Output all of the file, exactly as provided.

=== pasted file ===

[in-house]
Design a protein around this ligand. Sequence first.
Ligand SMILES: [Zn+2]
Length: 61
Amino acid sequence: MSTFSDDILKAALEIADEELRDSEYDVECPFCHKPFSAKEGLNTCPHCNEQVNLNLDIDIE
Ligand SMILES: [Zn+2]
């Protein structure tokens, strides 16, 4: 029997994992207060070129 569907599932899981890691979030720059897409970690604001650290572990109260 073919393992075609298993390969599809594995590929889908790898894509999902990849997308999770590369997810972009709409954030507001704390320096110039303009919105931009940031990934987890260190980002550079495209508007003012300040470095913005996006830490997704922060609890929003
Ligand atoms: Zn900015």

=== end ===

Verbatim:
[in-house]
Design a protein around this ligand. Sequence first.
Ligand SMILES: [Zn+2]
Length: 61
Amino acid sequence: MSTFSDDILKAALEIADEELRDSEYDVECPFCHKPFSAKEGLNTCPHCNEQVNLNLDIDIE
Ligand SMILES: [Zn+2]
């Protein structure tokens, strides 16, 4: 029997994992207060070129 569907599932899981890691979030720059897409970690604001650290572990109260 073919393992075609298993390969599809594995590929889908790898894509999902990849997308999770590369997810972009709409954030507001704390320096110039303009919105931009940031990934987890260190980002550079495209508007003012300040470095913005996006830490997704922060609890929003
Ligand atoms: Zn900015």